Silicon Valley creators address T.J. Miller's departure: 'T.J. wasn't LeBron'

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Silicon Valley, one of the most-watched comedies on HBO, is currently gearing up for its fifth season — but a lot of drama has transpired since the show was last on air. T.J. Miller, whose performance as tech investor Erlich Bachman made him the breakout star of the show’s early seasons, departed after the conclusion of season 4. After the finale, Miller called Silicon Valley showrunner Alec Berg an idiot and downplayed the show. This week, THR caught up with Miller and the Silicon Valley creators to get further comments on the exit ahead of the premiere of the first Miller-less season.

“There are a lot of different ways you can find out somebody doesn’t want to do the show anymore,” creator Mike Judge told THR. “And it’s not fun to work with someone who doesn’t want to be there, [especially when] they’re one of the main people and you’ve got however many crew members and extras and people who are [not paid as well] and they’re all showing up before 7 a.m., and then are just like, ‘Oh, OK, we’re not shooting today.'”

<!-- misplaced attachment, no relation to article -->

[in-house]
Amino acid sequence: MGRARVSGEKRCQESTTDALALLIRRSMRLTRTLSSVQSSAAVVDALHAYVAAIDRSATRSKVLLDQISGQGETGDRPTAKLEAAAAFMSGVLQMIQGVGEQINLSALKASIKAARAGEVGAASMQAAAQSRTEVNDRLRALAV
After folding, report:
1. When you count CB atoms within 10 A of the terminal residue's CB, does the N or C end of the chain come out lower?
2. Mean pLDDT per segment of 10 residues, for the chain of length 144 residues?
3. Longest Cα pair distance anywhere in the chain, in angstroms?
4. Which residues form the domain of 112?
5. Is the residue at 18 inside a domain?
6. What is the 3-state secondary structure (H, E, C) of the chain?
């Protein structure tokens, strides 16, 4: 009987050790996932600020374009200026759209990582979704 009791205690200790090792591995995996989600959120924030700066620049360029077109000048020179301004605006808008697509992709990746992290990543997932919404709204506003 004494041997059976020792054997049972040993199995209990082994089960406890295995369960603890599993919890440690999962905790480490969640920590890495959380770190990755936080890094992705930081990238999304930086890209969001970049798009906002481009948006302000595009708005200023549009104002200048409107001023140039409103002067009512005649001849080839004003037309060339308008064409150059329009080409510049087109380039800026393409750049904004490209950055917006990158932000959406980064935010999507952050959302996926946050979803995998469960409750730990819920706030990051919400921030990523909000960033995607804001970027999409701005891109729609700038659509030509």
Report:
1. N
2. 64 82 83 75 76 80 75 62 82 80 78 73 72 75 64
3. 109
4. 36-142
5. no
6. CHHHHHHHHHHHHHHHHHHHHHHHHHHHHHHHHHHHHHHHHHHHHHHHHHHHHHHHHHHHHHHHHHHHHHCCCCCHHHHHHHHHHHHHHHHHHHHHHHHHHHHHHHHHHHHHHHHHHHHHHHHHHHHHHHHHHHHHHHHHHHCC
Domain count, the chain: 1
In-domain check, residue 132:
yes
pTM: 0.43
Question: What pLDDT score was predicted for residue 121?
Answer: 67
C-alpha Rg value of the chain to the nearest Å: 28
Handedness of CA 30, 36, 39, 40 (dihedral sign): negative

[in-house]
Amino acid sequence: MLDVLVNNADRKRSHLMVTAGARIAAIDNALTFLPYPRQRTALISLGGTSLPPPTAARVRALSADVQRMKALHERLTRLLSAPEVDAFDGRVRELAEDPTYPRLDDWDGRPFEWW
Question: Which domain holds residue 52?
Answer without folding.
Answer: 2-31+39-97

In response, Miller told THR that his erratic set behavior was the result of a busy schedule rather than drugs: “In real life, I’m not always high like Erlich is. And this will blow your readers’ minds, but I’m not high when I work because it gets in the way of the comedy. I also am not a guy who’s blackout-drunk, bumping into things on set. … What was occurring was I was out doing stand-up all the time, even if it meant I only got three hours of sleep. So, the thing I have a problem with? It’s pushing myself to do too much.”

Berg also insisted that Miller’s departure would not make Silicon Valley less funny. He used a sports metaphor to note how teams can still win even after losing a star player.

“So, it’s like, yeah, we’ve lost Andre Iguodala but we still have Steph Curry and Kevin Durant and Klay Thompson and some other guy on the Warriors whose name I don’t know. But I don’t feel like we can’t win championships anymore because we’ve lost…” Berg said. “T.J. wasn’t LeBron.”

THR got Miller’s response to that comment as well. Miller, who has disparaged Berg specifically in past interviews, said: “Oh, that’s great. And it makes me like him more [because] he’s so good at being an asshole.”

In between Silicon Valley seasons, Miller was also accused of sexual assault by a former college classmate. Miller denied the allegation. THR’s story mentions them, but did not get further comment from Miller or the Silicon Valley creators.

Read the full story at The Hollywood ReporterSeason 5 of Silicon Valley premieres on HBO March 25.